Honeymooner Dan and our Towel Swans!

We had a lovely first evening in Xi'An seeing the Tang Dynasty Show,  and having a Dumpling Banquet, to be covered in my next post, which is all about "foodie" Xi'An, and several yummy things we did there!
The next day we had a truly excellent and unique tour with Jasmine of  Travel Xian Guide, that not only included the famed Terracotta Warriors, but a visit to meet the last Cave-Dwellers in the area, a walk on the crenelated ancient city wall of Xi'An, and a stroll through the Muslim Food Street and Market to the Great Mosque! I booked this tour, called "Xian, Terra Cotta , Cave Dweller and City Tour" on Viator, as well, as I couldn't find the name of the tour company until after I had booked! I looked at Every tour of Xi'an, and I was drawn to this one as it was the ONLY one I could find that included visiting the last "Cave Dwellers", an opportunity that was obviously something very special, and unique to Xi'An. Our short time with the Terracotta Warriors, like our short time at The Great Wall, was amazing, and went way too fast! When you dream of seeing things like this for 40+ years, having read about them in magazines such as National Geographic since you were a teen, you want to spend all day with them! And an hour or two, seeing them by squeezing though a mass of Chinese tourists, goes So fast, and then: poof!- it's over! :-( We visited the three (of 400) "pits" of life-size Terracotta Warriors that are open to the public, and saw some of the new restoration work that has been done in the last 3 years, as well as the 1/2 life-size bronze chariots discovered near the Emperor's actual (non-excavated) tomb...
Terracotta Warriors

Terracotta Warriors
Terracotta Warriors



A Terracotta Warrior under restoration

Warriors need horses...





Dan, explaining military logistics...

The Emperor's Chariot

There are some 72 tombs of other Emperors in the area, as well- much of what exists under the soil of Xi'An is apparently still unearthed! (Jasmine told us of another tomb museum that we badly wanted to visit- it includes smaller "nude" terracotta figures that are quite different from the famed Terracotta Warriors- but we didn't have the time to go... so we Have to go back!) It's VERY hard to get your head around the almost unimaginably epic scale of what exists underground in Xi'An- not to mention what this obviously insane emperor spent 38 years of his short life  (since the age of 13!) creating- by having thousands of his subjects literally slave and die to create it. (On the other hand, he had his artisans create these thousands of signed clay soldiers, acrobats, etc. instead of having his entire army and everyone else murdered and buried with him, which made him MUCH more civilized than his predecessors. On the other hand, his dynasty was overthrown four years after his death by a very angry populous, so apparently he wasn't Quite civilized enough. LOL) 90% of the Terracotta Warriors literally haven't even been dug up yet- the unearthing and restoration of the Terracotta Warriors alone (not to mention the rest of the area) will be the life's work for 1000s of archaeologists for 100+ years... The most incredible thing to me were the individual faces of the life-size terracotta soldiers; although they were cast, each face was then hand-carved into a unique individual- they are very real people, real enlisted soldiers and officers, each with different expressions (happy, stoic, pompous, self-confident, etc.), of different ages (young and smooth-skinned, old, weathered, and lined...), and with different body shapes and body-language, and many still bear traces of the original paints that made them even more life-like... It was also Really Cool that Army Dan got "into" it, and was able to explain the military logistics of the way in which the warriors were grouped to Jasmine... We walked out of the Terracotta Warrior Museum grounds thru another "Food Street" and shopping market,  where all the food looked SO delicious that I wanted to try Everything! I only got to sample the local fried persimmon pastries (basically a Chinese zeppole LOL), and a pomegranate drink- which was, sadly, a lot less exciting than I had expected/hoped. LOL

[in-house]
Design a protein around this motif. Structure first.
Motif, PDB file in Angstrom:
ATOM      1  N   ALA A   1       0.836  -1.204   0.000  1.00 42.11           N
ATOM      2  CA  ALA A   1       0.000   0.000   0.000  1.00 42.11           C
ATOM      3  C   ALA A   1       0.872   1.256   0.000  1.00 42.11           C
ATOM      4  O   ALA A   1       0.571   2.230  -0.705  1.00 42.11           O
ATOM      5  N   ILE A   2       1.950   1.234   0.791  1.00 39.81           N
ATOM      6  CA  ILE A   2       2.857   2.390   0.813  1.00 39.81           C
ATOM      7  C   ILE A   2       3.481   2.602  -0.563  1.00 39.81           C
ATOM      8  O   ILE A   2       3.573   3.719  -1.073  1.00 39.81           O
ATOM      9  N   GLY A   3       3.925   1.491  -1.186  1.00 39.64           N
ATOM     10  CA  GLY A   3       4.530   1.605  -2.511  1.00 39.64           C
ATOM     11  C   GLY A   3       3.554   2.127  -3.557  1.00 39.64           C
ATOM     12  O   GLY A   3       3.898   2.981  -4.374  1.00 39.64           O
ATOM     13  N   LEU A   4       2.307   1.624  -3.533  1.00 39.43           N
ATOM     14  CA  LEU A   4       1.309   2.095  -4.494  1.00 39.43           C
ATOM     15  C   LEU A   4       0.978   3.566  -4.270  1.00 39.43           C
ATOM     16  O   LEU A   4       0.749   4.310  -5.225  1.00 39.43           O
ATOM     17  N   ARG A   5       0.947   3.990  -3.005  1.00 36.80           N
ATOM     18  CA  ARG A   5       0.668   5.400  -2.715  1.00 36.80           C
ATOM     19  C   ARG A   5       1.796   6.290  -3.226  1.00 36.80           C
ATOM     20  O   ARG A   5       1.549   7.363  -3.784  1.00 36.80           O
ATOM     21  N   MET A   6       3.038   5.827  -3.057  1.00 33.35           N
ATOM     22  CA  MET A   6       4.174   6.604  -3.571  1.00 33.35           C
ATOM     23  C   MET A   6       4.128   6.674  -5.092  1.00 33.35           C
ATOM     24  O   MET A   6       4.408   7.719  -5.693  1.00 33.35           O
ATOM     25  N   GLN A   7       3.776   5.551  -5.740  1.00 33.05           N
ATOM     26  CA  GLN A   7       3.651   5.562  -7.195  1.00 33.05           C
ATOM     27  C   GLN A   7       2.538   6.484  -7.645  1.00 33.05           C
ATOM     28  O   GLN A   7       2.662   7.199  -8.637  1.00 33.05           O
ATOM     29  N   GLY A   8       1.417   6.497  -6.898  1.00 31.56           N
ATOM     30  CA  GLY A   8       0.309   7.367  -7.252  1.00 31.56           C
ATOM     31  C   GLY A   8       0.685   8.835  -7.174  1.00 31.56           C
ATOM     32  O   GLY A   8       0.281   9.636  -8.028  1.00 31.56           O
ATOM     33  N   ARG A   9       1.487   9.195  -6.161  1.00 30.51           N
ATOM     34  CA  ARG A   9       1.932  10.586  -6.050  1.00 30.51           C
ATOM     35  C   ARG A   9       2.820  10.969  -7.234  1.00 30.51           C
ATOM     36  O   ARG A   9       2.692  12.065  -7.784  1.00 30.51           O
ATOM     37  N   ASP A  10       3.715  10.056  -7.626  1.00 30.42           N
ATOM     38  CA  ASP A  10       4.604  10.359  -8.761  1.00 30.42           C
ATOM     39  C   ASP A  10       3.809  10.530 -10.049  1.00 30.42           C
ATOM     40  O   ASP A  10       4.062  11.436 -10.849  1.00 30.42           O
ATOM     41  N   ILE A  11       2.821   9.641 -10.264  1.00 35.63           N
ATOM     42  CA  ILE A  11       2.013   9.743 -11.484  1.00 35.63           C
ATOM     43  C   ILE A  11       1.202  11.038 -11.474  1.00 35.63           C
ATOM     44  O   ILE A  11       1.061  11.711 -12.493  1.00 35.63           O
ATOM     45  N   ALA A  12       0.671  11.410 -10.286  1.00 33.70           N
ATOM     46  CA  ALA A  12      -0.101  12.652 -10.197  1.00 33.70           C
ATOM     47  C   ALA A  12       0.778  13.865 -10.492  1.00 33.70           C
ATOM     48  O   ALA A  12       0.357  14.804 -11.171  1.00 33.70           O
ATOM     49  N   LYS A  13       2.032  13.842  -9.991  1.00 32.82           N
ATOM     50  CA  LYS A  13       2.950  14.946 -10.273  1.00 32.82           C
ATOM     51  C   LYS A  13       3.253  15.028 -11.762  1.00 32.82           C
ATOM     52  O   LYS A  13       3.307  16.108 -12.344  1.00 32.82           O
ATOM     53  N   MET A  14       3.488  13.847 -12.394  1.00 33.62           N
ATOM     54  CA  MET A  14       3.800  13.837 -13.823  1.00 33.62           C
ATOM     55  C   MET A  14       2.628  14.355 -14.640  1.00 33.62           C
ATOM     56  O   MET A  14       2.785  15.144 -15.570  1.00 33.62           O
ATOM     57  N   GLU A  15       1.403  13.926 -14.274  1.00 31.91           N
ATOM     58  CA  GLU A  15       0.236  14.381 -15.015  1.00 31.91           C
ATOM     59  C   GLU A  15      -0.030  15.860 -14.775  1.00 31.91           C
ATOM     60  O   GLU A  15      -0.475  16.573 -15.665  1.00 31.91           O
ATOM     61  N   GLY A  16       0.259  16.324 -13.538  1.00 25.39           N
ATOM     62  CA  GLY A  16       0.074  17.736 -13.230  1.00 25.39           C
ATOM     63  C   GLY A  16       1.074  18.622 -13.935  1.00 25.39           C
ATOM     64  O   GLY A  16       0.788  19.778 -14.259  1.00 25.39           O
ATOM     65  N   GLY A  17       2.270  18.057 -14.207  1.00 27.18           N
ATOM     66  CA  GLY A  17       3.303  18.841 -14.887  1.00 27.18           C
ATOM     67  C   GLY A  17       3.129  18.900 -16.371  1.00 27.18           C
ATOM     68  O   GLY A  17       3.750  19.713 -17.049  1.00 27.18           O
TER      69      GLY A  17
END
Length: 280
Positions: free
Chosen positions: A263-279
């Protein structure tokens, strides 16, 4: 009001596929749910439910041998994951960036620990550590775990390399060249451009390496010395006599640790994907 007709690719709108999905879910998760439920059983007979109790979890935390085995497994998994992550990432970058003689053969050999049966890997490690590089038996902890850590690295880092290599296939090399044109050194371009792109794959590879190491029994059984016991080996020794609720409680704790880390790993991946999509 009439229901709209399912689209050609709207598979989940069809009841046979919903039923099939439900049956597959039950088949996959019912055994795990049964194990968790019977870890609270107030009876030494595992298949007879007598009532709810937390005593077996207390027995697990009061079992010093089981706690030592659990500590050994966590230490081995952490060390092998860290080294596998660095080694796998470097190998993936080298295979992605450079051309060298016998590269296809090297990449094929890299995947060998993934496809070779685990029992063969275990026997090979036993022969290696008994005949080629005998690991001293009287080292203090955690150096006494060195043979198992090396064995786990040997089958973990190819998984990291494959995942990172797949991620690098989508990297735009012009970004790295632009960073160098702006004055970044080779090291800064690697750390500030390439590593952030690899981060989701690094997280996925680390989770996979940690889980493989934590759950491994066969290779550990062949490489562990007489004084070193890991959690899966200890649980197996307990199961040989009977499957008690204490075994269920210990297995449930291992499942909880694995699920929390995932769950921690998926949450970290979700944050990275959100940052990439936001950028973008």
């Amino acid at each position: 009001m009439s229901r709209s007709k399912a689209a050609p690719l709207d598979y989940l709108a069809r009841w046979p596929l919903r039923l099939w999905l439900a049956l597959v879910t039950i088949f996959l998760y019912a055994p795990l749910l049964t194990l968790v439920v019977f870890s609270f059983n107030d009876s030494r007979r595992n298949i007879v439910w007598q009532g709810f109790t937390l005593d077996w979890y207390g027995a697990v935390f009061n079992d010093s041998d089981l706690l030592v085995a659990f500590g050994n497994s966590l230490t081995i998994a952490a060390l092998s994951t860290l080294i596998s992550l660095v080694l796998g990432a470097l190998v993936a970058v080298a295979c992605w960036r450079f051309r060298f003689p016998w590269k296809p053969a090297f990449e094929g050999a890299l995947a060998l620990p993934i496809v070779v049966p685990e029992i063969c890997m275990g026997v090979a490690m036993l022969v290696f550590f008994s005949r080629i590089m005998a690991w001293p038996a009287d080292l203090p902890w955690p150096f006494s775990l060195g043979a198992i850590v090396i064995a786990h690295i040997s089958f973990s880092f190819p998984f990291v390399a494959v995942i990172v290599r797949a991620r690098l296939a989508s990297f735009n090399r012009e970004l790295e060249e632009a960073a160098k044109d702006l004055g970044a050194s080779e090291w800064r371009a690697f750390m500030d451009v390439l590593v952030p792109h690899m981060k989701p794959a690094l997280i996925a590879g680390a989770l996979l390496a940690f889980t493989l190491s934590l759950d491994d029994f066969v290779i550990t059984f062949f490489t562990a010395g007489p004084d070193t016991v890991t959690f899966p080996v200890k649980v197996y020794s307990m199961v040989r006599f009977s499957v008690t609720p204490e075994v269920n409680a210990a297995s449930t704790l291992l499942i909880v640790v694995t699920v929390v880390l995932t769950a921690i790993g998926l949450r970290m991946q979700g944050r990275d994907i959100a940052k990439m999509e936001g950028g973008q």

I wish I'd had time to do this!